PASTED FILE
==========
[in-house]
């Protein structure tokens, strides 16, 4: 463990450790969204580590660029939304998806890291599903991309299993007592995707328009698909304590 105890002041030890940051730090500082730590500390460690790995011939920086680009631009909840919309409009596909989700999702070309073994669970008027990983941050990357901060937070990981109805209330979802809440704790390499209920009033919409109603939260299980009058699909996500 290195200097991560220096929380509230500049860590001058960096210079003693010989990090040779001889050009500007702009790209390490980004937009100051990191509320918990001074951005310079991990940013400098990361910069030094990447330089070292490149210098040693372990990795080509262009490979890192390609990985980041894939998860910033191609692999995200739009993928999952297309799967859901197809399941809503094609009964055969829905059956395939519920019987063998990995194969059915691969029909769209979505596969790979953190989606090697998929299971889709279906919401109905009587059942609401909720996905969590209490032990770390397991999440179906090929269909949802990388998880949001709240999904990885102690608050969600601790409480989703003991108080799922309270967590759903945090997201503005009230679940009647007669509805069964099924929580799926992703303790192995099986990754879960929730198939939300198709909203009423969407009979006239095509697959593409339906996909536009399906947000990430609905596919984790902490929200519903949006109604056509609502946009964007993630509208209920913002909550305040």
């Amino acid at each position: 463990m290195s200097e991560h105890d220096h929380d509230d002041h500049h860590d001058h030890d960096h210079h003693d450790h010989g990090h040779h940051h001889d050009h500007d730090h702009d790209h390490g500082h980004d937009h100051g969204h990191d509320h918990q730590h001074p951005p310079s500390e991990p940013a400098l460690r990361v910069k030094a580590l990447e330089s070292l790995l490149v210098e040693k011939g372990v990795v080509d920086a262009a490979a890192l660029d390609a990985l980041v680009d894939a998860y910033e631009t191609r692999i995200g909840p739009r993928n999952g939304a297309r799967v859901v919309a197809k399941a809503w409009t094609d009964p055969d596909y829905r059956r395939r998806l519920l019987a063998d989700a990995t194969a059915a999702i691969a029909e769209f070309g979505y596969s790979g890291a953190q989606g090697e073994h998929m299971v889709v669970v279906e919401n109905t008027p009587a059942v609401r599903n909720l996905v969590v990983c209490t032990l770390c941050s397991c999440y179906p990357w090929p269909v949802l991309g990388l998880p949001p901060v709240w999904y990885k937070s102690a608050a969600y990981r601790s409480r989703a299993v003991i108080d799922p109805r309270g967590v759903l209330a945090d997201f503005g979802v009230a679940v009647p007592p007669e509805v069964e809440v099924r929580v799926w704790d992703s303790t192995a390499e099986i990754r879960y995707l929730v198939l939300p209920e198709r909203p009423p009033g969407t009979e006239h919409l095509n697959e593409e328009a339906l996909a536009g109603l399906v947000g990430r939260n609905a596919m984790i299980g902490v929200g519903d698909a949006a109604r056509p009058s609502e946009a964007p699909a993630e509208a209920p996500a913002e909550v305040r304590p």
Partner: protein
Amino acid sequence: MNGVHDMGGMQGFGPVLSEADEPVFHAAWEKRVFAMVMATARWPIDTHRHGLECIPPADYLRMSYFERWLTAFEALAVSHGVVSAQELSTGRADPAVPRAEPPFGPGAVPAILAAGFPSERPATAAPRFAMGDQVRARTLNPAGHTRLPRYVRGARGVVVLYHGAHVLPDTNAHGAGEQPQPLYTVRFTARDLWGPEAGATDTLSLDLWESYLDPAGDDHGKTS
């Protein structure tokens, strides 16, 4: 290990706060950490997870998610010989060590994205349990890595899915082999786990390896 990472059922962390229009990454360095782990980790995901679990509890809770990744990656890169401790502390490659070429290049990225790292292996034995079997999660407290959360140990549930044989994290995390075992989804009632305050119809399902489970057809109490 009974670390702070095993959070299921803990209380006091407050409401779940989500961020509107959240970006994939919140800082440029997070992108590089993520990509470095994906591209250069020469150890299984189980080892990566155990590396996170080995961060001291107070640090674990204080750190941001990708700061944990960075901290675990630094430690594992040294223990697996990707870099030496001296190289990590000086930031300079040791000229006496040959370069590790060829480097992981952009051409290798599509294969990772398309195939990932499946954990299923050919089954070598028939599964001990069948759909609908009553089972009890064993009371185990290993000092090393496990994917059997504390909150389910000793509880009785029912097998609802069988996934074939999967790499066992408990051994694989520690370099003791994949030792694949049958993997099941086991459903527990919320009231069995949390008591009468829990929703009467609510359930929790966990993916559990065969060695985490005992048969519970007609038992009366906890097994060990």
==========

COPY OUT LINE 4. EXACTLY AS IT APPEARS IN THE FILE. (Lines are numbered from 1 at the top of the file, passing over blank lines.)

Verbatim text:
Partner: protein